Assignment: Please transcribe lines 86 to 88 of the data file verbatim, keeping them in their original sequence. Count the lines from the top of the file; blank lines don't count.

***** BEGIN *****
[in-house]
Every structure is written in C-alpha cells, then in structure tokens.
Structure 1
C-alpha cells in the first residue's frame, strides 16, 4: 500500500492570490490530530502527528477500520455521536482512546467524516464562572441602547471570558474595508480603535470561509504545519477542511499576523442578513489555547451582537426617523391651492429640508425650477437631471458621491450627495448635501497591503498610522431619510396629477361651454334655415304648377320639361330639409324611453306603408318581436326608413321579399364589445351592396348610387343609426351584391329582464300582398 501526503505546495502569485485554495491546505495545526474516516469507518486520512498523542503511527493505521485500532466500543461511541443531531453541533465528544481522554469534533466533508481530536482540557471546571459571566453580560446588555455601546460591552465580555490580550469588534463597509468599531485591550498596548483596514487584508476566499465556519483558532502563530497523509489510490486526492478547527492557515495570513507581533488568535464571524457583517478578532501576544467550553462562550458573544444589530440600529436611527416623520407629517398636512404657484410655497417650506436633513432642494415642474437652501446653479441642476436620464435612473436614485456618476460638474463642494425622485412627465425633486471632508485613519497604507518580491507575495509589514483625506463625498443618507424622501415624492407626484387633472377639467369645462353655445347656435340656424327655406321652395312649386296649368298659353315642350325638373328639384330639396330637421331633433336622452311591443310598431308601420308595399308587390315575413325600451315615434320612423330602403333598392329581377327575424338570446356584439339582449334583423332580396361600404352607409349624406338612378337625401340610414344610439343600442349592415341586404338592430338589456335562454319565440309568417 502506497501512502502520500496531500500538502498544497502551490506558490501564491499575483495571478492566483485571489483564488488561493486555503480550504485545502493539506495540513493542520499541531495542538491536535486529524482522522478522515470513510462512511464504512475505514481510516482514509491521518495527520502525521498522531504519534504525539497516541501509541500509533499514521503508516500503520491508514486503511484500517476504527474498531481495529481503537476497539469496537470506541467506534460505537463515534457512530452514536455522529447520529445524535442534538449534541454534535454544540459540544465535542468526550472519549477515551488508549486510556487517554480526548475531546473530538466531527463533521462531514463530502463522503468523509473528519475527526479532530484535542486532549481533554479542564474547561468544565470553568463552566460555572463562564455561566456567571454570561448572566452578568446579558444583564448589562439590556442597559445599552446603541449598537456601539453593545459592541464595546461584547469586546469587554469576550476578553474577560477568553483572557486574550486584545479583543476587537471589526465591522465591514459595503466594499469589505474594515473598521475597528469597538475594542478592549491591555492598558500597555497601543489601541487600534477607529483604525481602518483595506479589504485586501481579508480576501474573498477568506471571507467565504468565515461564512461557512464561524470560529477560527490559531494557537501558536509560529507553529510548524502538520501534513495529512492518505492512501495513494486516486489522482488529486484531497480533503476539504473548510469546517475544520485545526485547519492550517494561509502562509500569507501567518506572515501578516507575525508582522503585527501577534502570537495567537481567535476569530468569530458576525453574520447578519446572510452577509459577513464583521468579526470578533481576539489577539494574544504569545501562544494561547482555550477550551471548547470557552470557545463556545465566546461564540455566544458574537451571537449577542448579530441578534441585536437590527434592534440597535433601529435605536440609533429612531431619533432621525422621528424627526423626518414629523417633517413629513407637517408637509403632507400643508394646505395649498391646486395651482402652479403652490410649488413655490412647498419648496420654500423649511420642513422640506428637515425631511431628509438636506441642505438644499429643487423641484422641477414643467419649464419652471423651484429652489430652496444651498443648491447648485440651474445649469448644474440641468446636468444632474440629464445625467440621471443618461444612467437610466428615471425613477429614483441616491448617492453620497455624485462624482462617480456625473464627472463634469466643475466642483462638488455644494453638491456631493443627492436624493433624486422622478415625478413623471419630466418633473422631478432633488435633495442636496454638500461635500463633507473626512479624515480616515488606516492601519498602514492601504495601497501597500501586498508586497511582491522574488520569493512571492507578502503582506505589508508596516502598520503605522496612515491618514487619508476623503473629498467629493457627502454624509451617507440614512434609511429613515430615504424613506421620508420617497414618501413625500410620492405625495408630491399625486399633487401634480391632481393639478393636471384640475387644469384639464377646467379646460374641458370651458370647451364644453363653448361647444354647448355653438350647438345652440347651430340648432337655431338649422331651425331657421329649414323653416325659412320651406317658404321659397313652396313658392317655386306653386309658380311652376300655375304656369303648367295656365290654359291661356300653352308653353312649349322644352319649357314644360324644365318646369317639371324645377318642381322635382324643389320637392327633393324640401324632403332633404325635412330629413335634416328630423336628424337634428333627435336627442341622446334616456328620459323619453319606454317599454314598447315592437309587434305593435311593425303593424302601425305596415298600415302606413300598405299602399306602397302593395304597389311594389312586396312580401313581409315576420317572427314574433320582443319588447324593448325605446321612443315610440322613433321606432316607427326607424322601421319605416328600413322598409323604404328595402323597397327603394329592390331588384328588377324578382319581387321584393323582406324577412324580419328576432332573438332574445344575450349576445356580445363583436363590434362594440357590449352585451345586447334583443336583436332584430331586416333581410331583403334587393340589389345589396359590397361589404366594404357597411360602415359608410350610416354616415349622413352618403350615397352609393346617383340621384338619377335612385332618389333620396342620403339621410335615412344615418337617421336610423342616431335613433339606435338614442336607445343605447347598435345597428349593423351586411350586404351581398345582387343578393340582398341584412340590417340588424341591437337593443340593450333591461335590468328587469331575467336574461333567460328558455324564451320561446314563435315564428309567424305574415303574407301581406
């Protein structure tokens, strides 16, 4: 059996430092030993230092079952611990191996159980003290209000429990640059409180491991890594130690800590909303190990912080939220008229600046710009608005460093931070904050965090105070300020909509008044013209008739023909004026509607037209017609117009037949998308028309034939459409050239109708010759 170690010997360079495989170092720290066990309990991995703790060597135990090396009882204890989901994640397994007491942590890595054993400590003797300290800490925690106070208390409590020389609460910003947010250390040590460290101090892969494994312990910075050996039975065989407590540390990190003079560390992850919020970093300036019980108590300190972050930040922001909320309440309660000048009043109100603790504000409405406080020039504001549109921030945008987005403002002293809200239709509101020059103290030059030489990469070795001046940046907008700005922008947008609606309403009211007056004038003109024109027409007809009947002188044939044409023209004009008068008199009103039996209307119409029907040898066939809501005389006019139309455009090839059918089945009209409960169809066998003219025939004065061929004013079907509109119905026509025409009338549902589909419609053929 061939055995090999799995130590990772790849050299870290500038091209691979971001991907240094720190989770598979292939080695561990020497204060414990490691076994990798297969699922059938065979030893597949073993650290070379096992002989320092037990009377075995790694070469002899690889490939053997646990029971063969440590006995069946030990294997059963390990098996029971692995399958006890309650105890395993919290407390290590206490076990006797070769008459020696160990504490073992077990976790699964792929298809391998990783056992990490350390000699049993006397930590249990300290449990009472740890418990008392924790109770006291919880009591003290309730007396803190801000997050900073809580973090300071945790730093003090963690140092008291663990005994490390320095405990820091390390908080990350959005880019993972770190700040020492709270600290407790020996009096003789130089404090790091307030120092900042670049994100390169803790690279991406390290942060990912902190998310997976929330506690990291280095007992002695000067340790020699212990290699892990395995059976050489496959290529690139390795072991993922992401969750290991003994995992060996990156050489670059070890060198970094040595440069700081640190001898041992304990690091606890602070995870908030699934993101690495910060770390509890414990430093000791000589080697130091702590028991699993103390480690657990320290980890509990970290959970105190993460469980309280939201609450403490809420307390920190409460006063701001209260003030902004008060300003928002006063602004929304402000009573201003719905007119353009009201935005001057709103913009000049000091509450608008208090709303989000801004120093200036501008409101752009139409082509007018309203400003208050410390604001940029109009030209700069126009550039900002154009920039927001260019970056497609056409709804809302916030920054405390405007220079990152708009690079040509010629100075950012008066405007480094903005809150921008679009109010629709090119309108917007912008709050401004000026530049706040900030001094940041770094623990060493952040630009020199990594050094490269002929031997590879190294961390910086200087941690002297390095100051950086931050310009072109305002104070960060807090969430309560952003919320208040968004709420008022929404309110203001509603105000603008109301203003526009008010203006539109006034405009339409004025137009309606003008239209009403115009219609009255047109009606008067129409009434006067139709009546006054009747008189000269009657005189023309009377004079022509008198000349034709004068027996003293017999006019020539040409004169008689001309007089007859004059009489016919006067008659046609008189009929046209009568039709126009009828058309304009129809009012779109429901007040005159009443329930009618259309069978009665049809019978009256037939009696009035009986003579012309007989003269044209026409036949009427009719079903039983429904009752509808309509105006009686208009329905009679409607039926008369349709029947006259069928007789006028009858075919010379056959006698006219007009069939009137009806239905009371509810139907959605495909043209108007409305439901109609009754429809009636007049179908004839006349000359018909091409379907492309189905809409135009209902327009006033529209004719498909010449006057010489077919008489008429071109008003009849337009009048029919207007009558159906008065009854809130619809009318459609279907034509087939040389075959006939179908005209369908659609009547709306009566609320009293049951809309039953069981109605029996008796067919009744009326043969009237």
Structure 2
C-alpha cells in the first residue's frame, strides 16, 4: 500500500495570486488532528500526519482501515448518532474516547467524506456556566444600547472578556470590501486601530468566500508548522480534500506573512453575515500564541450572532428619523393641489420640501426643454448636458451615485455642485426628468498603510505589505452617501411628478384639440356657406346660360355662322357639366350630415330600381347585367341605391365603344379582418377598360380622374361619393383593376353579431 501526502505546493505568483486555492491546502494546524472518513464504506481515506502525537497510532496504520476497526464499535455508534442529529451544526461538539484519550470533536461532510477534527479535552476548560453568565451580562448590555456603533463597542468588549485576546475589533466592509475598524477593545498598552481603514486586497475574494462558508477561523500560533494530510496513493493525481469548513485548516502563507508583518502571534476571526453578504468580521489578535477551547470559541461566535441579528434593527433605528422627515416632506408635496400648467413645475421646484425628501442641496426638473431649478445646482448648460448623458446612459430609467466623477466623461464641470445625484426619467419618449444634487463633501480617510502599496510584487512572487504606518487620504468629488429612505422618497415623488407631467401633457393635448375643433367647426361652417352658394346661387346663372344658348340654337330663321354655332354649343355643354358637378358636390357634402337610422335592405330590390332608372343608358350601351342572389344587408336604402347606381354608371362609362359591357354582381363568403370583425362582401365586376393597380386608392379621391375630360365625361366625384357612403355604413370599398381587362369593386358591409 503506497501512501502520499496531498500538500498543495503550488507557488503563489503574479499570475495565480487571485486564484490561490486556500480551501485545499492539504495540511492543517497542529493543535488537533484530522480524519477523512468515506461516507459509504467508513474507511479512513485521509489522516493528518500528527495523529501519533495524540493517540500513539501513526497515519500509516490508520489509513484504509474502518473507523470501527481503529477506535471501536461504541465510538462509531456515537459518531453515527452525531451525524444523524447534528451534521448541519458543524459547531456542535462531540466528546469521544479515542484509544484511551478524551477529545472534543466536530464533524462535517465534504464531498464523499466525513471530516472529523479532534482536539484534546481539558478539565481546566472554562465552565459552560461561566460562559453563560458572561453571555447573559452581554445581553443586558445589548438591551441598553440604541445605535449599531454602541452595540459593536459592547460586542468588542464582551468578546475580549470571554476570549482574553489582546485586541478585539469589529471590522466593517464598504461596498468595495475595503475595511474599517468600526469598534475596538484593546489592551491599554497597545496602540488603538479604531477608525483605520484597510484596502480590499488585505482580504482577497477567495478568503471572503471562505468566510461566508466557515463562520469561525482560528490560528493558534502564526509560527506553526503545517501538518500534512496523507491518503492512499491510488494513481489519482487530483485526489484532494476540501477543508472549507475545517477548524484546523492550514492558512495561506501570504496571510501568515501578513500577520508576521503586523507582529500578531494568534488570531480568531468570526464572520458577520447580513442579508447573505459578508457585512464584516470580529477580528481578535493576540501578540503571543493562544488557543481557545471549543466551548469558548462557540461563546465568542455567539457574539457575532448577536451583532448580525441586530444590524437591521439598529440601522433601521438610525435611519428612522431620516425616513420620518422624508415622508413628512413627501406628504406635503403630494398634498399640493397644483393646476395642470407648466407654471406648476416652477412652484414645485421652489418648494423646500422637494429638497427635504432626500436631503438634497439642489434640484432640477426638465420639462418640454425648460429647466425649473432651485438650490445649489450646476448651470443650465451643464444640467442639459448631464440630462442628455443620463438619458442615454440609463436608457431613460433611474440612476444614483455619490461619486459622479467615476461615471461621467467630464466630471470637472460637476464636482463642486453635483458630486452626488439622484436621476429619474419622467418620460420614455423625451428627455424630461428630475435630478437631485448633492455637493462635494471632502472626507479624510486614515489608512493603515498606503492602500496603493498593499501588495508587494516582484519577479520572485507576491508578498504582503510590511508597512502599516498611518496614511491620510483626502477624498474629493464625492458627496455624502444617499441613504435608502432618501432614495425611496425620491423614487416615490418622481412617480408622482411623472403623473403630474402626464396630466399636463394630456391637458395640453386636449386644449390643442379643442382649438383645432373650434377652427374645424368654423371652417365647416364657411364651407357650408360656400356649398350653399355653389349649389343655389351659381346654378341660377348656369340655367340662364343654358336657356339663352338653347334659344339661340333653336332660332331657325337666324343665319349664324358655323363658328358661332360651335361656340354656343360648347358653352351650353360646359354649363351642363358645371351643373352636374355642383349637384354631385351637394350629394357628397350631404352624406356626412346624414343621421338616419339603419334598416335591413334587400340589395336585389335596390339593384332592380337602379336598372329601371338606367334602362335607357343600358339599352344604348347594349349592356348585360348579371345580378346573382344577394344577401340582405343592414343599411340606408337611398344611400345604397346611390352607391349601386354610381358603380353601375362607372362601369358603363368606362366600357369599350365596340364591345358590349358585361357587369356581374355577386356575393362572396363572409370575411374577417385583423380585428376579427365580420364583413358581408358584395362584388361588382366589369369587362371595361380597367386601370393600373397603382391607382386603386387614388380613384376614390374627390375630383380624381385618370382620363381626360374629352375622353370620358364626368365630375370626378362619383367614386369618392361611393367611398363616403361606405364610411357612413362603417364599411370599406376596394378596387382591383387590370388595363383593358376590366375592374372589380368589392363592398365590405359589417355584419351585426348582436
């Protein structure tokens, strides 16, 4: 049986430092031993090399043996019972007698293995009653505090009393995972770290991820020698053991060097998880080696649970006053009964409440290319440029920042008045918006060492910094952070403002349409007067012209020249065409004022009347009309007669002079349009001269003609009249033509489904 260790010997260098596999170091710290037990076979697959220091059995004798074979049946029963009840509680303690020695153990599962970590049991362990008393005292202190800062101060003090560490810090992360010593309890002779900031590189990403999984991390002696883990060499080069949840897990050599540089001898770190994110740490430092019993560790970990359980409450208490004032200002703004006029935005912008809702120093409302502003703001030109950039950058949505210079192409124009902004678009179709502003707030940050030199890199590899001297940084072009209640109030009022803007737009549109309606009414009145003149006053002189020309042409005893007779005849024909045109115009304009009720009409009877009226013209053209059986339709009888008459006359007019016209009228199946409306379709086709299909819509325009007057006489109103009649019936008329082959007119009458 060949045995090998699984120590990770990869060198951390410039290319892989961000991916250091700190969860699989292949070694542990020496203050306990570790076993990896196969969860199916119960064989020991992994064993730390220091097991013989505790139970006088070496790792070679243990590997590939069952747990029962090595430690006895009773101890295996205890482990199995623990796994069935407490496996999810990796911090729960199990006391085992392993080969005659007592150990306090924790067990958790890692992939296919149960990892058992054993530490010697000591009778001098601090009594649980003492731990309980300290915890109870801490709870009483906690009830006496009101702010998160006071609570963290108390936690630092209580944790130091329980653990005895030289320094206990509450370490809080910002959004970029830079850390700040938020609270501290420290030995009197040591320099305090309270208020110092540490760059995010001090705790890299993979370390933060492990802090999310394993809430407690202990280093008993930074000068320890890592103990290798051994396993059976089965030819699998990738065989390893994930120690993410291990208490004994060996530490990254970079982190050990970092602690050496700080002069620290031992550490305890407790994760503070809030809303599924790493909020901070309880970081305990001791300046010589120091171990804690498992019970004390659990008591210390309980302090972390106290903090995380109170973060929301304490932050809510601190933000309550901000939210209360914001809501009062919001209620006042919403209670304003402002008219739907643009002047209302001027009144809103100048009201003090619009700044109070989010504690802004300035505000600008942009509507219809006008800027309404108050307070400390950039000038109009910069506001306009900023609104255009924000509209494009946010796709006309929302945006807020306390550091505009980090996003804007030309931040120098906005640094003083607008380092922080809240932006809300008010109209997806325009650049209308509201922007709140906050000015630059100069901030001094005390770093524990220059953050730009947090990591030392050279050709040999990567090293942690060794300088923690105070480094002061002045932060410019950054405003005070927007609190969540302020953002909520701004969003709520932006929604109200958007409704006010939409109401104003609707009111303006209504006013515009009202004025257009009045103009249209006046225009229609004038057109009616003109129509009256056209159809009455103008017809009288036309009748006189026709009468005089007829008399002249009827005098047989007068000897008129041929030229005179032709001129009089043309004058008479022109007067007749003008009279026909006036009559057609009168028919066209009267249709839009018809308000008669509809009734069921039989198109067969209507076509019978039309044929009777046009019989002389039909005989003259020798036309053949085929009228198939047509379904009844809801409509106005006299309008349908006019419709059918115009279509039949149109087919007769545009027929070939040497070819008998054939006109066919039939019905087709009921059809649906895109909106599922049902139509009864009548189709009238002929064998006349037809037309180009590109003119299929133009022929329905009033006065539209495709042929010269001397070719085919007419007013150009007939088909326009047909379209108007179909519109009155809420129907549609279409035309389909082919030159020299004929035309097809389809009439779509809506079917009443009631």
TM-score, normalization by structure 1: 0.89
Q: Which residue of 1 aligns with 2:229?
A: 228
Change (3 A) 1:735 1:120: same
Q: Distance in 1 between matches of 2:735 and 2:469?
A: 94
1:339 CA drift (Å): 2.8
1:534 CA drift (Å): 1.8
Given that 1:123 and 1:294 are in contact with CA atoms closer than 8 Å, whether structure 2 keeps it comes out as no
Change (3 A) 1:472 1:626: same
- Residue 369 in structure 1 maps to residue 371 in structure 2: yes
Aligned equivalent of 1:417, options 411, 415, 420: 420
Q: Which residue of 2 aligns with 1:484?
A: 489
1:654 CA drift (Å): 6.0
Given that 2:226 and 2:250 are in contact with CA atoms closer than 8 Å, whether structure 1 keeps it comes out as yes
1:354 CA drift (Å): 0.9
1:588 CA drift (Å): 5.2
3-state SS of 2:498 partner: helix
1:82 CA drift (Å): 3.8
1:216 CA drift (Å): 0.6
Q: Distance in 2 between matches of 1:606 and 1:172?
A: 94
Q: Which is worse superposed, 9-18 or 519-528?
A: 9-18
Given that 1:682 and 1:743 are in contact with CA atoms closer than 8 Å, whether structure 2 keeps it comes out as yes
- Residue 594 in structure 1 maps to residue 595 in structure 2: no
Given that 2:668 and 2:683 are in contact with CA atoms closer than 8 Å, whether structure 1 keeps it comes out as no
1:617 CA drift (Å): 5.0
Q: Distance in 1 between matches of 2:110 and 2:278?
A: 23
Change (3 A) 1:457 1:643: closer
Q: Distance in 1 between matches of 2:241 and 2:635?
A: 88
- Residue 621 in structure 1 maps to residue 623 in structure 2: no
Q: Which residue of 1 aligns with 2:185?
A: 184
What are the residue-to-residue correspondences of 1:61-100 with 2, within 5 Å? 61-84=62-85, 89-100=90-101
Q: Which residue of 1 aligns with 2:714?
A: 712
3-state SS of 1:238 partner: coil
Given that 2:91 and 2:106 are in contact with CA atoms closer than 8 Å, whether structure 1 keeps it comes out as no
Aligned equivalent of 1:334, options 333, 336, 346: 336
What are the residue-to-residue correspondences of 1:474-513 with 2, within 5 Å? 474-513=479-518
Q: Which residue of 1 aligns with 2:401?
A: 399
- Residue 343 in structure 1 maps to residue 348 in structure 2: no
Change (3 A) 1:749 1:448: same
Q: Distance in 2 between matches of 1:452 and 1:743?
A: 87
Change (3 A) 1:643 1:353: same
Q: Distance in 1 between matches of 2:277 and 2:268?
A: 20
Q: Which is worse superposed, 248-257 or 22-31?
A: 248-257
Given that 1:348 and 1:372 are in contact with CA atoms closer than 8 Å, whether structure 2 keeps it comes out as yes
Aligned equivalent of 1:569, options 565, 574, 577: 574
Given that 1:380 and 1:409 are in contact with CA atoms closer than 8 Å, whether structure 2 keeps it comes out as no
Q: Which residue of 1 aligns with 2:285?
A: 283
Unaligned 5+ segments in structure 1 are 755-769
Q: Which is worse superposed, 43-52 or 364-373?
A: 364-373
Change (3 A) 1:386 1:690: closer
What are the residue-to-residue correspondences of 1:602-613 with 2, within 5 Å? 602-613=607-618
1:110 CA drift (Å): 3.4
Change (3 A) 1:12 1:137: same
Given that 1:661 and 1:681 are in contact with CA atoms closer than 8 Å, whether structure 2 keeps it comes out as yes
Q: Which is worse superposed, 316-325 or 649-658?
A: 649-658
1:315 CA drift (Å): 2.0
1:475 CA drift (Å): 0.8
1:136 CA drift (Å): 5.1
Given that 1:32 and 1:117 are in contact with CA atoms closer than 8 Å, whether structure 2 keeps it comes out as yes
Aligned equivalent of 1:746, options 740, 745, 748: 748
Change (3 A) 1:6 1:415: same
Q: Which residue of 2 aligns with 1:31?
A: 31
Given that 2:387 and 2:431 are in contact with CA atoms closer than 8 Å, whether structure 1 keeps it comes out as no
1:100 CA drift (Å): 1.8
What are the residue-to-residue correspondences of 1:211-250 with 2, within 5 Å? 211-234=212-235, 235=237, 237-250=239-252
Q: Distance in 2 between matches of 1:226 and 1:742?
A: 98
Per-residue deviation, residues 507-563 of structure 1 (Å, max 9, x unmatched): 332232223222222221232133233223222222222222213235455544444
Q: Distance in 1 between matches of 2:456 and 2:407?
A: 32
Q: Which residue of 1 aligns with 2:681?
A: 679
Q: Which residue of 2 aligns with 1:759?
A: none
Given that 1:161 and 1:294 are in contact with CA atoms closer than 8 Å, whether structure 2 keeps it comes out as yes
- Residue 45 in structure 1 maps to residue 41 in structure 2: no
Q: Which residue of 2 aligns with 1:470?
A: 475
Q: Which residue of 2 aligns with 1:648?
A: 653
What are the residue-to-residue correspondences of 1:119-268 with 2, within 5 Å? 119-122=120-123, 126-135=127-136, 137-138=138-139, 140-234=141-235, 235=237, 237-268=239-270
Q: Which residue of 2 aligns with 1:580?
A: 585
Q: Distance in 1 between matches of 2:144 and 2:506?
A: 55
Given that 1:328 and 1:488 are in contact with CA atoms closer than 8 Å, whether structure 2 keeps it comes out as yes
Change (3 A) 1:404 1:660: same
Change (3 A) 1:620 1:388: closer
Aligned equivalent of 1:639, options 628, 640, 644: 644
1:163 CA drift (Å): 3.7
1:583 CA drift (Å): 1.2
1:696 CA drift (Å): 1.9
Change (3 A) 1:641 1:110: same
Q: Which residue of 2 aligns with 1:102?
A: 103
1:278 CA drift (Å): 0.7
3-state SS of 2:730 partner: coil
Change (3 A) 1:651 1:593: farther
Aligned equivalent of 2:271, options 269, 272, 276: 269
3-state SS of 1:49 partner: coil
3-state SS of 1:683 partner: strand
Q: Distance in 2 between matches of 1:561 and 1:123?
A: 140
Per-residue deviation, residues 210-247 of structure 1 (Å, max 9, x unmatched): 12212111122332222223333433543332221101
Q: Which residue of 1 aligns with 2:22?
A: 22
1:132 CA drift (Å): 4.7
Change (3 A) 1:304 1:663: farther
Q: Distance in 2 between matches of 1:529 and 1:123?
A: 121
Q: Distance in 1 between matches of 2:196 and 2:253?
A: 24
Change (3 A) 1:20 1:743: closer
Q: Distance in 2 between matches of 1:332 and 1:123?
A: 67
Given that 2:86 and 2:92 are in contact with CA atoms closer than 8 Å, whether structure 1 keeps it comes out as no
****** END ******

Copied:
A: 31
Given that 2:387 and 2:431 are in contact with CA atoms closer than 8 Å, whether structure 1 keeps it comes out as no
1:100 CA drift (Å): 1.8